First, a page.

If you are in simple recovery model, then just shrink the file! If the file doesn't shrink to the size you want, then try again, and again. If it still doesn't shrink to the size you want, then read this (the "Shrinking of transaction log file" section).

If you are in full recovery model, and this is where you want to be, then you have to make a decision:
Is it OK to break the transaction log backup chain?
By this we mean the chain of log backups you may have. If you don't have any prior log backups (perhaps not even a prior database backup), then it is OK to break the chain of log backups. If you do have earlier log backups and want to be able to restore from them up to any point in time then it isn't OK to break the chain of log backups.
  • OK to break the chain of log backups. This is easiest:
    • Set recovery model to simple.
    • Do the shrink according to the steps above (for a database in simple recovery model).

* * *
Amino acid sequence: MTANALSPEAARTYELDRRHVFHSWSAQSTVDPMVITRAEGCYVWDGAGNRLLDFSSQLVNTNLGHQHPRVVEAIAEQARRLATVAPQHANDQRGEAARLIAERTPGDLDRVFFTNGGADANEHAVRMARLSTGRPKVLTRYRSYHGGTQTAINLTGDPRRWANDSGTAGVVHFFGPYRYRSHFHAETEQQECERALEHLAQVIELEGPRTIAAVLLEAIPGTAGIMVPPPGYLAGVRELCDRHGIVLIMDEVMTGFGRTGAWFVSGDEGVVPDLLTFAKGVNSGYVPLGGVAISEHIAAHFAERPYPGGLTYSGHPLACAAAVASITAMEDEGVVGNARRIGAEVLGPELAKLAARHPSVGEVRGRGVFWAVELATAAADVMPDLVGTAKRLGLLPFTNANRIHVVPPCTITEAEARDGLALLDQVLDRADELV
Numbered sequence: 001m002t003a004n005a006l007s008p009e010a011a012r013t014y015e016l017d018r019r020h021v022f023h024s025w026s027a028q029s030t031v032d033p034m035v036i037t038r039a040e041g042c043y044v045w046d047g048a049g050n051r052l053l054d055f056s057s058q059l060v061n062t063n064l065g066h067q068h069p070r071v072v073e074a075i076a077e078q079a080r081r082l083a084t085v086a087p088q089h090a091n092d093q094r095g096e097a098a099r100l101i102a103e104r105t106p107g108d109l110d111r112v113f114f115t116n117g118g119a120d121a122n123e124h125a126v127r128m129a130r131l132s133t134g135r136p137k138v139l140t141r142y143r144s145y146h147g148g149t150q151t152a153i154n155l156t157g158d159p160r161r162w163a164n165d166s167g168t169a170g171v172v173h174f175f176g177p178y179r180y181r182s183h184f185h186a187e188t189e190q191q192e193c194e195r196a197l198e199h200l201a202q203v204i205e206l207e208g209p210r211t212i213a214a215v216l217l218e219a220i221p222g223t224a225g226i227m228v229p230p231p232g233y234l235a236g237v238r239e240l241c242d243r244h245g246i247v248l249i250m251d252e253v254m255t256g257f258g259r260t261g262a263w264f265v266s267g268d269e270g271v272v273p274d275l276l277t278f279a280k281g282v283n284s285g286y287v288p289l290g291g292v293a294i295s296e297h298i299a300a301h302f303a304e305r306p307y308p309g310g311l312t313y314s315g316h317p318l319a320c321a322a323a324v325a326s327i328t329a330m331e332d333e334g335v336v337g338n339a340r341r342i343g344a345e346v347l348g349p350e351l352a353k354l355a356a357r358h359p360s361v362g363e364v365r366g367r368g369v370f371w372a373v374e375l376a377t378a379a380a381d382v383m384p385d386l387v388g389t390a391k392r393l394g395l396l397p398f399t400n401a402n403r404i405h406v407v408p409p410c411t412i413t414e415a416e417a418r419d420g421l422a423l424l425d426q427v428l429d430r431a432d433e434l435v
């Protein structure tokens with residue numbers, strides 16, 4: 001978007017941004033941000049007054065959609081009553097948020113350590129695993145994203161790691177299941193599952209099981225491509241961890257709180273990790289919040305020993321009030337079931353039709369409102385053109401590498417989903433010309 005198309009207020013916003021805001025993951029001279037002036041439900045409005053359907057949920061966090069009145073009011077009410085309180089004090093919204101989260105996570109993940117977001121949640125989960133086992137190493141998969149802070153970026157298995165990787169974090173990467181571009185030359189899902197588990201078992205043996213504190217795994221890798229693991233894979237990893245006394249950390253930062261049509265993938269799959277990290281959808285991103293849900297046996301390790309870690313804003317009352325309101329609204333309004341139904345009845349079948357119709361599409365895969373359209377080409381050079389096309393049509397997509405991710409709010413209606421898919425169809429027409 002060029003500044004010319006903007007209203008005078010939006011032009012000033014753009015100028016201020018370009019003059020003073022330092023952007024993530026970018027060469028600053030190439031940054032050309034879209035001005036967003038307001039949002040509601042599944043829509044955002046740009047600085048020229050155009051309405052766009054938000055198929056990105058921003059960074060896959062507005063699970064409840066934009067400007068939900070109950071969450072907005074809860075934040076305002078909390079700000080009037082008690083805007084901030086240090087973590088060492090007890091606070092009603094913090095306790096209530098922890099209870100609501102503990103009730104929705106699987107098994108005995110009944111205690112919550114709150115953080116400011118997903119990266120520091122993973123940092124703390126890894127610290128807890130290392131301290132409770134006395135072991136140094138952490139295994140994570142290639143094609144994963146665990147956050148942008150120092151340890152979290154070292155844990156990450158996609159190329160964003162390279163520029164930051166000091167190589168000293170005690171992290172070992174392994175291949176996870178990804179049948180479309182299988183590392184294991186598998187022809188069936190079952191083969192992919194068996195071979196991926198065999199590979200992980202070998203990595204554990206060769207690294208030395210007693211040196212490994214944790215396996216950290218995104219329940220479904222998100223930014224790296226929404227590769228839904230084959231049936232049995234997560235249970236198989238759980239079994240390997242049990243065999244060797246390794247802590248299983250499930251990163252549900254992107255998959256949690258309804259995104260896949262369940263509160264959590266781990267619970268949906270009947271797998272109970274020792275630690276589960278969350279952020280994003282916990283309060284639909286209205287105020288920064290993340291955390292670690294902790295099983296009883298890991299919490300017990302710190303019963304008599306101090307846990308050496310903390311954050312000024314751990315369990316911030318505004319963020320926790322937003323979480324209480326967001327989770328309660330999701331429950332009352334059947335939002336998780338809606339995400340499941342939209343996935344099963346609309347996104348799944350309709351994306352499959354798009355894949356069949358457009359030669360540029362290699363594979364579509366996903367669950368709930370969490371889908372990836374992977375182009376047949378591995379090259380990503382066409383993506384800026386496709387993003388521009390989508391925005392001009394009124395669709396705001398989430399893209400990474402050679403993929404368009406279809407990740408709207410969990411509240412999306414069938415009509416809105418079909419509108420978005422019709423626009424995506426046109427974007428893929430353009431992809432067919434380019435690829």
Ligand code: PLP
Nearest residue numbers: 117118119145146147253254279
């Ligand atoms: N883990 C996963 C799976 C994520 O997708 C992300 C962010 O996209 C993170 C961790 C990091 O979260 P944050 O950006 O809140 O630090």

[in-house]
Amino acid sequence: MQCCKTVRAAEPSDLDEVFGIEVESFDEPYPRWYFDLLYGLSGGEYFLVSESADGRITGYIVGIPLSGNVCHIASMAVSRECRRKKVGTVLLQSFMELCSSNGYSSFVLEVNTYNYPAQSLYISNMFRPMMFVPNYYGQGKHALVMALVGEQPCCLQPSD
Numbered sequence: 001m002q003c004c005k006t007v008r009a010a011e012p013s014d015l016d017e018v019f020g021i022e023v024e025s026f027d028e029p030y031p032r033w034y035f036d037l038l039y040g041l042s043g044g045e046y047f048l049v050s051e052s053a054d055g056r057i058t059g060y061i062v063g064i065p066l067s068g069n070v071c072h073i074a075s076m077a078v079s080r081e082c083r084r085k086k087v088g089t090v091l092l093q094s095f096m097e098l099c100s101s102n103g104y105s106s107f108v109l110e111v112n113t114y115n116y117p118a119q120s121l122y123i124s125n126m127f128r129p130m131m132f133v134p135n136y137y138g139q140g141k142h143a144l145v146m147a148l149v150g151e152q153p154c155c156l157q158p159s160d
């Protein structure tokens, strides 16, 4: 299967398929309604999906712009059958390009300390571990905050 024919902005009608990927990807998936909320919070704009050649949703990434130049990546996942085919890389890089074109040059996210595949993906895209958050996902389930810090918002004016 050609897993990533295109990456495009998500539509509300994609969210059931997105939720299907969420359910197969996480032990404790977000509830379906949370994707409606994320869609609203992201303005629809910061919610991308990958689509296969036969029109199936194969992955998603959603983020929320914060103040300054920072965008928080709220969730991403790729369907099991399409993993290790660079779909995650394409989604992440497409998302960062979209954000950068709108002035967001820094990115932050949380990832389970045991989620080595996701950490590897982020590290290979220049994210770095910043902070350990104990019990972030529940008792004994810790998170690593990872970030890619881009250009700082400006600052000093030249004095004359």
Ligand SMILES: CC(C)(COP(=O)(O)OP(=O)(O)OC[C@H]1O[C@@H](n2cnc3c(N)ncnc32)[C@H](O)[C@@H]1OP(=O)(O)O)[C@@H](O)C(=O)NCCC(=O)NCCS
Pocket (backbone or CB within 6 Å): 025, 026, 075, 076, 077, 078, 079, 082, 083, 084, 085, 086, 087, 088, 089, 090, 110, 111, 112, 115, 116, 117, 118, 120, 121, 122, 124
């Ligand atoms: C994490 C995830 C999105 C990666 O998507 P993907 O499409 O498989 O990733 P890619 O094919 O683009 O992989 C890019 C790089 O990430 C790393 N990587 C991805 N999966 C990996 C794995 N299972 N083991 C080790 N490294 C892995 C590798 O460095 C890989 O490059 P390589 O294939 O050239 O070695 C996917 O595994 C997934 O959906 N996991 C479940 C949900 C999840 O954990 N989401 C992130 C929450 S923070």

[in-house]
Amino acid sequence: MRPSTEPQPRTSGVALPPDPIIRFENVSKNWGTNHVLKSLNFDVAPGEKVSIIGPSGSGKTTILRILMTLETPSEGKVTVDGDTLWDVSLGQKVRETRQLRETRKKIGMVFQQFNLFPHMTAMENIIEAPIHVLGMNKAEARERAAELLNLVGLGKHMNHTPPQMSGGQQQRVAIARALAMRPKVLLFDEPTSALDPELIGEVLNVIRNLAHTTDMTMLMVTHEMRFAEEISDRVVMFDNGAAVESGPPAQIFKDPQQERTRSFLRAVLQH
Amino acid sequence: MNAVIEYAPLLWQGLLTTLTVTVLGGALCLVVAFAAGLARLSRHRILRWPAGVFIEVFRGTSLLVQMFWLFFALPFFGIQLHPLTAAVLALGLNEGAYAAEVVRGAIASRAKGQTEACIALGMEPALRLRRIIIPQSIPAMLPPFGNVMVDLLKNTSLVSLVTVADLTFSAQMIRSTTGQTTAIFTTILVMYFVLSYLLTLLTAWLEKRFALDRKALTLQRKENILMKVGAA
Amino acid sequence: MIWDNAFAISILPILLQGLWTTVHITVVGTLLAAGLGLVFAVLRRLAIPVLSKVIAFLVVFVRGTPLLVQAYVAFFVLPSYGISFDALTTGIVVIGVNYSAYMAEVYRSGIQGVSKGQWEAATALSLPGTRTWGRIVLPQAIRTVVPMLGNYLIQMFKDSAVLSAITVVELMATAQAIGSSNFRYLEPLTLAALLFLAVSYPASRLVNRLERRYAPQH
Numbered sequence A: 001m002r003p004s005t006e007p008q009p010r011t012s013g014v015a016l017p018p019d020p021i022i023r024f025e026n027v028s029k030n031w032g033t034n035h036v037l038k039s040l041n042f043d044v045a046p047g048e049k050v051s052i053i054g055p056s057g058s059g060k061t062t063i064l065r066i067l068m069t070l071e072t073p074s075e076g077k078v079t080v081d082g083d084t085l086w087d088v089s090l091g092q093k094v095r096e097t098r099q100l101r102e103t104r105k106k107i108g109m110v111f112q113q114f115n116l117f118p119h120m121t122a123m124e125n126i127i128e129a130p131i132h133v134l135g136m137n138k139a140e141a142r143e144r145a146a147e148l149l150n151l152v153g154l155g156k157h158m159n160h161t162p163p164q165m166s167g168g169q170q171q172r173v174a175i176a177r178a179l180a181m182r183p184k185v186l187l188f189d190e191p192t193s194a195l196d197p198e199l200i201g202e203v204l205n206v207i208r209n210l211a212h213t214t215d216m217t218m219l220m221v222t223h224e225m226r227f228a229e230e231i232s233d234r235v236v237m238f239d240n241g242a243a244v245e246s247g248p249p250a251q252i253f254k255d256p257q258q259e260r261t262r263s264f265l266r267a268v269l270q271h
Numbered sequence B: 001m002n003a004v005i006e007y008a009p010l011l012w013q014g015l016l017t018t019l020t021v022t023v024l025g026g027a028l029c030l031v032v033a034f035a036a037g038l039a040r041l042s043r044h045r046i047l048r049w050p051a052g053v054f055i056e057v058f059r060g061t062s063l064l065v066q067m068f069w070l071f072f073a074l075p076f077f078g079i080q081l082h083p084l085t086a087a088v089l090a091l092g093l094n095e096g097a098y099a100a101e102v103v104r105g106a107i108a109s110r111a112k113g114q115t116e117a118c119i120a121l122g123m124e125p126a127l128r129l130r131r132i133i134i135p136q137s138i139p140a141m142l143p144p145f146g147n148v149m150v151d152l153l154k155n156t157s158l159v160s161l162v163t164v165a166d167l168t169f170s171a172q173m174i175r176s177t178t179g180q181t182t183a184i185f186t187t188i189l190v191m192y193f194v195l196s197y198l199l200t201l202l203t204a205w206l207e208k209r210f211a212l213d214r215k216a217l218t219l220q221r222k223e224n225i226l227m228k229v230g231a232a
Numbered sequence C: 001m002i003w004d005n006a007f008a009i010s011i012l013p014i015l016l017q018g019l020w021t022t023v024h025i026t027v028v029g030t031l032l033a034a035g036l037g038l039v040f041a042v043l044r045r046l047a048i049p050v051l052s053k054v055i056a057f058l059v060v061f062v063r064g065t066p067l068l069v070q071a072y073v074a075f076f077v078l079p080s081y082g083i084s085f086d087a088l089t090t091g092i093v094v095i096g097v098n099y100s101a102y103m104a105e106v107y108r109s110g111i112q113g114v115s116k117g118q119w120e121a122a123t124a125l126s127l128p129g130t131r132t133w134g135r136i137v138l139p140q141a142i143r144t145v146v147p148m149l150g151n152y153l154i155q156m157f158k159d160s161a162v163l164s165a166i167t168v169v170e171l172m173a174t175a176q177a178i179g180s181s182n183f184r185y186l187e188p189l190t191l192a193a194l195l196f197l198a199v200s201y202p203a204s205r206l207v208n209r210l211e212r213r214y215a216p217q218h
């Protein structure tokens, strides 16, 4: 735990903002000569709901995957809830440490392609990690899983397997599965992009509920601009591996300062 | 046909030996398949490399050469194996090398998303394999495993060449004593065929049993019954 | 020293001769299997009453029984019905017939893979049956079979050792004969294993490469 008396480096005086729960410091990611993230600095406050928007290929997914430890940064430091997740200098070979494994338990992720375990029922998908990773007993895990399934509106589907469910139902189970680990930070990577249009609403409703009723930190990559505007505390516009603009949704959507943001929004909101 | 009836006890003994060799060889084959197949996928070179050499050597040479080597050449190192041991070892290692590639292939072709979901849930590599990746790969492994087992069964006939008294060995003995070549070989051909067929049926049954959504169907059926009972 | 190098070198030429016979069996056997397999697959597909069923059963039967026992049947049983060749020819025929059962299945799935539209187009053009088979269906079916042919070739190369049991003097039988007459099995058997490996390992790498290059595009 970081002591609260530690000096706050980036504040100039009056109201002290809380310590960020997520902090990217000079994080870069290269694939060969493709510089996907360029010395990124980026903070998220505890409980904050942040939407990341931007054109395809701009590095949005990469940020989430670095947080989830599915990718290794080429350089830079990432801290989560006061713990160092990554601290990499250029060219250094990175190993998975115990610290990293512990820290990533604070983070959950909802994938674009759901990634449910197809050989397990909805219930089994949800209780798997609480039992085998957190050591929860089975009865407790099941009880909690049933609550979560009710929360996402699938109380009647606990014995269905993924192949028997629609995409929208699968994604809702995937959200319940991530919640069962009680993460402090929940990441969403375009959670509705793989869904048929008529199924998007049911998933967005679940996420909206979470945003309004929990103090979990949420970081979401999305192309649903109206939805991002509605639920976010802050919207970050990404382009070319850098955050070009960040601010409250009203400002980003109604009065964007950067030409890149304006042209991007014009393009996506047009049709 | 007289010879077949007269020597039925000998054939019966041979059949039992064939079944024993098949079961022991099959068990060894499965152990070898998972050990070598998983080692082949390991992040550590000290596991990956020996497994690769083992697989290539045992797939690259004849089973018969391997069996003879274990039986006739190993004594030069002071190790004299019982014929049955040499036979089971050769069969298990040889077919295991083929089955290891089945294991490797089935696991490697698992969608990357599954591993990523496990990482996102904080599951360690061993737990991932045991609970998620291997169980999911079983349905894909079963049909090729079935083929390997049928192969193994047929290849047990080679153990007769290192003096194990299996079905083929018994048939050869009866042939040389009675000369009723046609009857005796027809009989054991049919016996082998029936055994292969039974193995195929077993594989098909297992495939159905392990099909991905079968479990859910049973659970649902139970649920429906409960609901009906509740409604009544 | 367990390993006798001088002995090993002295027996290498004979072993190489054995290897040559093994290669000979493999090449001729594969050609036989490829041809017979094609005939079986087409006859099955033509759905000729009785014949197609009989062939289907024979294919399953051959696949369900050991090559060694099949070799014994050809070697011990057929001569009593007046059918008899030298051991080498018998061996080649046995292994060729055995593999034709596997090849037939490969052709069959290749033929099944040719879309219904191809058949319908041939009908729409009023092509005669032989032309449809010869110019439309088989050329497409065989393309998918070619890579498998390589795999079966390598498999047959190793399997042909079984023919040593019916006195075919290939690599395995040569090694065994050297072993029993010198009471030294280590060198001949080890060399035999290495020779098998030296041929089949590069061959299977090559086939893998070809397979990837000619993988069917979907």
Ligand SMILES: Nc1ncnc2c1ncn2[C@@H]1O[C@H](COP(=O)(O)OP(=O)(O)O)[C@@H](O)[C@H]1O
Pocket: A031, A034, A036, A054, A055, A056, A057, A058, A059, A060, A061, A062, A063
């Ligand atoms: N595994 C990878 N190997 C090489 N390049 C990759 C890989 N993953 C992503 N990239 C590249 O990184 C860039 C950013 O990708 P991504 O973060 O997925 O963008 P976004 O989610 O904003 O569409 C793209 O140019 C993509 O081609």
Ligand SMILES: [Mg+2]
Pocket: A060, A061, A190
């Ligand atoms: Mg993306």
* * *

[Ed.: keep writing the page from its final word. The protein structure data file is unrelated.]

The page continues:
• Set recovery model to full.
    • Perform a full database backup, so your scheduled log backups have somewhere to begin from.
  • Not OK to break the log backup chain. Then you backup the log (which can produce a huge log backup file, and consequently take some time), and then shrink the file. If the file doesn't shrink to the size you want, then backup log and shrink again, and again. If it still doesn't shrink to the size you want, then read this (the "Shrinking of transaction log file" section).
Thanks for providing feedback and suggestions for this article: Erland Sommarskog. Much appreciated!